Date of Award


Document Type


Degree Name

Master of Science (MS)


School of Kinesiology and Recreation

First Advisor

Scott Pierce


The purpose of this study was to examine and understand how athletic identity and life satisfaction changed in college student-athletes during their college careers and explore the factors that influenced the changes in athletic identity over time. Specifically, the three research questions were: (1) how does athletic identity, and its dimensions (social identity, exclusivity, and negative affectivity), and life satisfaction change in college student-athletes over a college career? (2) what are student-athlete perspectives on the factors influencing changes of athlete identity over a college career? And (3) what is the relationship between athletic identity and life satisfaction? The study included 2 phases: one in 2019 and the other in 2023. Phase 1 occurred included a sample of 73 NCAA Division I collegiate student-athletes who completed the Redbird Resilience program at Illinois State University. Phase 2 took place in 2023 (senior year) and 32 Division I collegiate student-athlete participated from the original sample. The athletes completed the following questionnaires at four time points over their college career: Athletic Identity Measurement Scale (AIMS), and the Satisfaction with Life Scale. Findings revealed that total athletic identity remained relatively constant through the 4 years. However, significant changes occurred in all of the subscales (social identity, exclusivity, and negative affectivity) as well as in life satisfaction. Our findings showed significant decreases in exclusivity and negative affectivity over time as well as significant increases in life satisfaction and social identity. Some of the perceived reasons for change included: coach’s support, social status, family support, medical retirement, playing time, future plans and teammate support. Lastly, we found that life satisfaction was positively associated with social identity and negatively associated with exclusivity. These findings add to the existing literature with the specific focus on the changes in the AIMS subscales over time. Additionally, this study can help practitioners create programs that help athletes successfully navigate transitioning out of sport.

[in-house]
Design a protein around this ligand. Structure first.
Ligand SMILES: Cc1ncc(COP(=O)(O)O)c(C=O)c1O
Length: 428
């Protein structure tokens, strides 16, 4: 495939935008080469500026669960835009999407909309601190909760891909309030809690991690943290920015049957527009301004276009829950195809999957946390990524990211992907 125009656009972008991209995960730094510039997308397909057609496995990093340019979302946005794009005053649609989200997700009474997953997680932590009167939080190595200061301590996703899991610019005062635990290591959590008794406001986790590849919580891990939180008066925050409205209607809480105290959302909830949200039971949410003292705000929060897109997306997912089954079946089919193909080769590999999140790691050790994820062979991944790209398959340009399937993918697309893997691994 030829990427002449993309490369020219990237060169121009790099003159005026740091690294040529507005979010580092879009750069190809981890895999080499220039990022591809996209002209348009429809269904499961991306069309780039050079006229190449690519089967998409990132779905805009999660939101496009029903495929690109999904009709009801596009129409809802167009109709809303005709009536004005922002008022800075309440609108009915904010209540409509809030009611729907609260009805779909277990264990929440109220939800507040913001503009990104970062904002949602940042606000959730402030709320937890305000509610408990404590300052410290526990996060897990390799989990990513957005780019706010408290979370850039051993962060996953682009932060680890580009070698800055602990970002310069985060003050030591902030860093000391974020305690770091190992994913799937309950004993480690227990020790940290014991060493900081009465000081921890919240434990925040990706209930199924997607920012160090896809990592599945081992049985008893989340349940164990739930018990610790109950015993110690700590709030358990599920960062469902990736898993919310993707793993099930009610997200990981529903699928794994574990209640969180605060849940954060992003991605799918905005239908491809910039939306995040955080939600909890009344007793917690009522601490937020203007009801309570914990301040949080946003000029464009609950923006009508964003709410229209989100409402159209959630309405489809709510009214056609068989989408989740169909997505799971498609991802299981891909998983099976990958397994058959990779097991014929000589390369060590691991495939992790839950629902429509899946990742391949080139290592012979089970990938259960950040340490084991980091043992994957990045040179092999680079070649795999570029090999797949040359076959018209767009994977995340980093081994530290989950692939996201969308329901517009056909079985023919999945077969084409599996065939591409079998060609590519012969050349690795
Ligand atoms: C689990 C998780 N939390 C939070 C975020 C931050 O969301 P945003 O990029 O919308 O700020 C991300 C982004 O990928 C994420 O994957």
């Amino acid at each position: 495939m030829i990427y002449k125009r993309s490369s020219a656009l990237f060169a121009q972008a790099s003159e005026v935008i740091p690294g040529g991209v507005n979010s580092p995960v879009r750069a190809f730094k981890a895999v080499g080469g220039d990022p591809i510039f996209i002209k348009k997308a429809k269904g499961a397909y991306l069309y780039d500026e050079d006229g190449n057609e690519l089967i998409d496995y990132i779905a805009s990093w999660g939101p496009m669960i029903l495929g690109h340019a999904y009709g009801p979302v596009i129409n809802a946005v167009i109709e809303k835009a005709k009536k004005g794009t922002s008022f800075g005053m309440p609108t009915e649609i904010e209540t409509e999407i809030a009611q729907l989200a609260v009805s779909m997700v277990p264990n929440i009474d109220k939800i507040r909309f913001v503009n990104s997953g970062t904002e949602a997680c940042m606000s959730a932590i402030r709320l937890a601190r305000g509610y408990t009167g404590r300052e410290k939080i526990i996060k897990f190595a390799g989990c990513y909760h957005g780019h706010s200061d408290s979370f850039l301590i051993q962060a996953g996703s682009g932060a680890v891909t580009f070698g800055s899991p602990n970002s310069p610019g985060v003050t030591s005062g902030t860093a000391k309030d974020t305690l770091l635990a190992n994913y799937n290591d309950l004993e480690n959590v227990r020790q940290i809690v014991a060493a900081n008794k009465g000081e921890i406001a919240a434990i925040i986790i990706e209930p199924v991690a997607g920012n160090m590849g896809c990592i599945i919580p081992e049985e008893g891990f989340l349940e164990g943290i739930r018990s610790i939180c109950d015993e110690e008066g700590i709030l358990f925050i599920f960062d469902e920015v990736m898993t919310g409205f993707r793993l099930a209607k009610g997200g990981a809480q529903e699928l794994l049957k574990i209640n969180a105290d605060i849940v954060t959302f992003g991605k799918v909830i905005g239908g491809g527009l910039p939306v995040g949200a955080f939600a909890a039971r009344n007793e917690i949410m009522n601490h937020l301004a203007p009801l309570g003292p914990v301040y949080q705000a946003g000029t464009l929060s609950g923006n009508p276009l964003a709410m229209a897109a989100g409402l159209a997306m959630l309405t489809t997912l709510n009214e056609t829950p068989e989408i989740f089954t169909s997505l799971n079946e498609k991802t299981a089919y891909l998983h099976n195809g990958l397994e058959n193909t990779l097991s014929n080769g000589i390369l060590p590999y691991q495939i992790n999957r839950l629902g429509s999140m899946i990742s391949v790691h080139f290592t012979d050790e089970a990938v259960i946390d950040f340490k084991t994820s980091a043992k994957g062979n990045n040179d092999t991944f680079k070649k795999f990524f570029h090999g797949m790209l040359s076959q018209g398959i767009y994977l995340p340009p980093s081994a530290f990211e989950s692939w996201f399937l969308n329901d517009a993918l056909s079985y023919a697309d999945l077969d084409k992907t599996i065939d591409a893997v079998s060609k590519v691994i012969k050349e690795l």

Imported from Kisvari_ilstu_0092N_12380.pdf


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